It's a minor, personal act of rebellion. No one notices it, but as the American dream continues to fail, more and more people will share his experience. They’ll have their own epiphany. He begins to understand he hasn’t failed, that in fact it is his country that has failed him. It's a huge realization, and an intimidating one. It's not knowledge he necessarily understands, or even knows what to do with. In some respects it is comparable to waking up outside of the Matrix. But, as was also the case in Unemployable, real freedom is impossible when you can’t even find the bars of your cage. Once you do, it at least becomes possible to ‘be what I could be' (a nice play on the Army’s ‘Be all that you can be' motto from years ago). The American dream, the promise of American life, will not be realized until we figure out how to overcome the nightmare it was perverted into. That's what needs to be left behind. The belief that the United States, as currently constituted, embodies the best and only real chance anyone has for freedom is drilled into our heads every moment of every day. Outside of our system there is only failure and stagnation. We're not encouraged to dream beyond ourselves. Outside there is nothing. But this nothing is where we will have to begin to rebuild, to reclaim for ourselves a life worth living.

Wasted Reprise

I'm of two minds on the placement of this song. On the one hand, I think it summarizes the lessons learned in Gone really well, but since Army Reserve and Comeback represent some backsliding I also would have liked to see it right before Inside Job.

I think the reprise was a great idea. It is a nice reminder of the primary lesson the record wants the listener to take away, and the presentation itself is beautiful. It’s nice to see Eddie channel his inner Tom Waits. I think there is a different subject singing the reprise, which is another reason why it's done differently than on Life Wasted. Life Wasted was an exhortation by someone who had freed themselves for others to do the same. There was a sense of confidence lacking in the reprise. The subject of the reprise is more cautious and tentative. She realizes what she need to do, but the hard part is still ahead of her. It's a quiet attempt to bolster a resolve which will be sorely tested in the next two songs.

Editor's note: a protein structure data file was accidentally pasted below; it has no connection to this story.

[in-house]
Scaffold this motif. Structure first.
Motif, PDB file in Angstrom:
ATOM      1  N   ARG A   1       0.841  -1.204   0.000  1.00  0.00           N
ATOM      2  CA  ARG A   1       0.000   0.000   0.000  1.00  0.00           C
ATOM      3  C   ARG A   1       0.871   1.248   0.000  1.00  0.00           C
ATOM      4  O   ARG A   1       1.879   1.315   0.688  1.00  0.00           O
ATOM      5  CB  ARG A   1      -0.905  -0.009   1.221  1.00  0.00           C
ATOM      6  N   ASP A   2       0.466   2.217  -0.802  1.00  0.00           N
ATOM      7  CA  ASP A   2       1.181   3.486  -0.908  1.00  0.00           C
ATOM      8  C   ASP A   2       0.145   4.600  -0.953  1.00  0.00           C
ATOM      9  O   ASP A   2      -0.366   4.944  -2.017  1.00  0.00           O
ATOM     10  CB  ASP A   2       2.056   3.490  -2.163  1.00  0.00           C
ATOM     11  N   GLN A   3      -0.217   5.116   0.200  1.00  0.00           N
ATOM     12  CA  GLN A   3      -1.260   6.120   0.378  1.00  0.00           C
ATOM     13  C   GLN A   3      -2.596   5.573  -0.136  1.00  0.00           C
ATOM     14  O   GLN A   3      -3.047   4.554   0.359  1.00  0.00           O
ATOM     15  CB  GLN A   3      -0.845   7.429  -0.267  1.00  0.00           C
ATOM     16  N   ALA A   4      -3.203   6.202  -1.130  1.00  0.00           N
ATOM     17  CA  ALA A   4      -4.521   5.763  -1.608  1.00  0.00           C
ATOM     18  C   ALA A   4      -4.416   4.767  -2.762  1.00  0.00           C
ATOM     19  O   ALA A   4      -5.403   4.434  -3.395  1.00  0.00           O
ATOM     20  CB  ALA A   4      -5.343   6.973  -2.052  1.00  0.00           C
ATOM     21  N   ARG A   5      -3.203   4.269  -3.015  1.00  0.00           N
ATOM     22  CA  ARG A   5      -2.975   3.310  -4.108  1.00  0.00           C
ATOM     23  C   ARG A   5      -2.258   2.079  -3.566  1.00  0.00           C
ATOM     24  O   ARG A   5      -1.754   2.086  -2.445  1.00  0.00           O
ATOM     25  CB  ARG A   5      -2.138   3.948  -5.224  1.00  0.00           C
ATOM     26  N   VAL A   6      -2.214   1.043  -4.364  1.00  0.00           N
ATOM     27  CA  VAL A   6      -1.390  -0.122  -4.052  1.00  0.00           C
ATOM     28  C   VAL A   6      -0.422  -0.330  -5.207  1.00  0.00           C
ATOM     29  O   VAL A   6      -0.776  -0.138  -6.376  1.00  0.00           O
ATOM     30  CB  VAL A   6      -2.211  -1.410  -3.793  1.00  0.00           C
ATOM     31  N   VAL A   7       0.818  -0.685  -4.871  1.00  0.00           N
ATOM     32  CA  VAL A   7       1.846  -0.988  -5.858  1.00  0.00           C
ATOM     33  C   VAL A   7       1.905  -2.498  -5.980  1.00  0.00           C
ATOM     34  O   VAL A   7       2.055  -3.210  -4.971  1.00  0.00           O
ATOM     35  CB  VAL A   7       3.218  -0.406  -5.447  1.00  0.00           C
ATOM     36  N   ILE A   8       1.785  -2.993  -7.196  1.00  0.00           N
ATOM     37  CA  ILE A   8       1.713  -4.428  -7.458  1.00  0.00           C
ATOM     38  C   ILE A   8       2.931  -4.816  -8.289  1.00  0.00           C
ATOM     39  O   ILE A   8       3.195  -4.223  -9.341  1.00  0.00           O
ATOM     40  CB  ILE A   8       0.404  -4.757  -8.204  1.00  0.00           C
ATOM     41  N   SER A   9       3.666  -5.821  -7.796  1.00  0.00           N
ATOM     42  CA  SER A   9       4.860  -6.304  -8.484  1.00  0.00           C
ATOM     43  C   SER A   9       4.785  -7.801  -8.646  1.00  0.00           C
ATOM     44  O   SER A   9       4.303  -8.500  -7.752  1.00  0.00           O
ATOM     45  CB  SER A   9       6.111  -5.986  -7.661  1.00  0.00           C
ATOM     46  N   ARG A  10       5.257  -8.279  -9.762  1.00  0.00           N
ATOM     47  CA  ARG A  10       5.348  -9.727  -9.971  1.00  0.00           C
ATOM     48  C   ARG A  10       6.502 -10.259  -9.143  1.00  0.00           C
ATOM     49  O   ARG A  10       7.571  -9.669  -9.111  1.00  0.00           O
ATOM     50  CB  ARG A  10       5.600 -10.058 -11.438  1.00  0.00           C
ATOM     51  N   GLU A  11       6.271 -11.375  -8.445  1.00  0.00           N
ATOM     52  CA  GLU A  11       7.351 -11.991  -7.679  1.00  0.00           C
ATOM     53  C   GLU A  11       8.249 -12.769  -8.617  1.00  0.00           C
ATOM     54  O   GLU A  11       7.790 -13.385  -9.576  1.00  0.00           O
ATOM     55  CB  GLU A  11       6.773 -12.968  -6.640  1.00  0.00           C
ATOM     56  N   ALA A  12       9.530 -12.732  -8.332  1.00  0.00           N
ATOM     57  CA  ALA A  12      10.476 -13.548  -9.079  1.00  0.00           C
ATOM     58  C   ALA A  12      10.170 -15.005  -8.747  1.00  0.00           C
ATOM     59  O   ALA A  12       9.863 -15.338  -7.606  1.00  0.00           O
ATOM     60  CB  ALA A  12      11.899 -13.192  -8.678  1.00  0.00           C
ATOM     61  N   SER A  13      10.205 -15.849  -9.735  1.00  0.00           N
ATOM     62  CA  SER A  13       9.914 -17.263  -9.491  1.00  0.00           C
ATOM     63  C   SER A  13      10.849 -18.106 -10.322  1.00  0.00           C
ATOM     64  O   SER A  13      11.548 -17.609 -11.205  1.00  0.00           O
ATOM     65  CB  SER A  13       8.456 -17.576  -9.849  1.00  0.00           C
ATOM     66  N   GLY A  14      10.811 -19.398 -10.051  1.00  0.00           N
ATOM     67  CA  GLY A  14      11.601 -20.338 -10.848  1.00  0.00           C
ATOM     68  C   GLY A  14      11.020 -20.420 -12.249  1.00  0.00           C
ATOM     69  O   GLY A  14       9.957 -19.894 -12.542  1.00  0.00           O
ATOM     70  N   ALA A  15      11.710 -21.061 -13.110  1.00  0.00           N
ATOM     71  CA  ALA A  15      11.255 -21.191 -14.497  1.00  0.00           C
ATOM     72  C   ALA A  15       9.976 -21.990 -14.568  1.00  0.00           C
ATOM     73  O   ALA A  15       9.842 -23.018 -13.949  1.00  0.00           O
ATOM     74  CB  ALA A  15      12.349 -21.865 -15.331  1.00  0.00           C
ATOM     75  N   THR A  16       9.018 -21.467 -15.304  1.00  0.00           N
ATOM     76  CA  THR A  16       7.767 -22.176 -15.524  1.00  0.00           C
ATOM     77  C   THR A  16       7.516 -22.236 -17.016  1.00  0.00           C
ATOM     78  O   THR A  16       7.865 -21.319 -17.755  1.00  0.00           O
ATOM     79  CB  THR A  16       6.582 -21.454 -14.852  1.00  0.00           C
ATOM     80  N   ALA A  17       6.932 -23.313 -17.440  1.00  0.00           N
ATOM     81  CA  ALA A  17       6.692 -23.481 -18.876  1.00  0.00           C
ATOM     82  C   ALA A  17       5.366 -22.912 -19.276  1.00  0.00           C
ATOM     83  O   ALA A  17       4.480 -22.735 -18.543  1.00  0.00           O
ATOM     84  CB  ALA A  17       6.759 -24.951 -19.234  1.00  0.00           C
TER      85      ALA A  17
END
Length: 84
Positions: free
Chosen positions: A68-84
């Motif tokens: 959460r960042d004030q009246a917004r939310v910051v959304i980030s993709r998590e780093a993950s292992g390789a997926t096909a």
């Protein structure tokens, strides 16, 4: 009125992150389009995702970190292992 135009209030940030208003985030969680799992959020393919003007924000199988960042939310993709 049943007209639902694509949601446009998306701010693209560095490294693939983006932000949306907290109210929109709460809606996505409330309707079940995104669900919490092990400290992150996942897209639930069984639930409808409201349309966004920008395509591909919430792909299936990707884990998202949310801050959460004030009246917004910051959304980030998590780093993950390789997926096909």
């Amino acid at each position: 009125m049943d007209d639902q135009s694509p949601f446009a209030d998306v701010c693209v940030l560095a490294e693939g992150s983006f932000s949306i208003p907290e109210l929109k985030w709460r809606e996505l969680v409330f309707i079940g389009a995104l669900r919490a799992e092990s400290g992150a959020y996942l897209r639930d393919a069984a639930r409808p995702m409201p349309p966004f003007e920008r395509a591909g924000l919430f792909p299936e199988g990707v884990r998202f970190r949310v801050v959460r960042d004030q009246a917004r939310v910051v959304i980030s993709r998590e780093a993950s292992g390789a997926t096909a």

Army Reserve

Army Reserve is a little tricky. If Damien Echols is to be believed, he wrote the chorus of this song about imagining his execution. Eddie obviously liked the lyrics, but strictly speaking this isn’t a song about execution by the electric chair. It is a song about death, however; the death of a soldier and the family he left behind.

I look at Army Reserve as the middle chapter of a trilogy that starts with Last Solider and ends with World Wide Suicide. Last Soldier features a reservist getting called up to war, an eventuality he never took seriously when he enlisted. WWS was discussed above. Army Reserve is about the final moments of the solider.

Eddie often does his best writing from a female perspective, and the writing here is no exception. The song begins checking in on the soldier's wife. She isn’t doing well, and Eddie's vocal performance matches the sad desperation (the resignation comes later) of the song perfectly. Her husband’s absence, her constant fear of his death, and the stress it places on her family, is taking its toll. The ground around her is increasingly less stable, and it's only a matter of time before it gives way entirely. It's a terrifying prospect. The possibility of losing her husband to war, of having to raise their children and go through life without him, alone, completely uproots her. There is no stability, no base from where she can regroup and begin again. No home—just an endless fall. You can see the effects of this dread in the increased worry lines and sunken eyes from a lack of sleep. The verse ends with a powerful image of her kneeling before her bed, hands folded in prayer, begging for sleep that will not come. If she can’t sleep how will she dream? If she can’t dream how can she imagine a world without her husband. She's trapped.

I read the chorus three ways. There is the Damien Echols electric chair interpretation, but I think Eddie wants the lyrics to do something different. I think both the wife and husband, civilian, and soldier, share these lines. From the standpoint of the wife there is the acknowledgment that he may die and will just have to accept the inevitable with grim determination to weather the storm that is about to wash over her. But I think these lines are primarily meant for the husband, who is about to die—perhaps shot, perhaps lost in an explosion. In those final split seconds he accepts the inevitable and thinks of his wife and children, sending them a final goodbye message.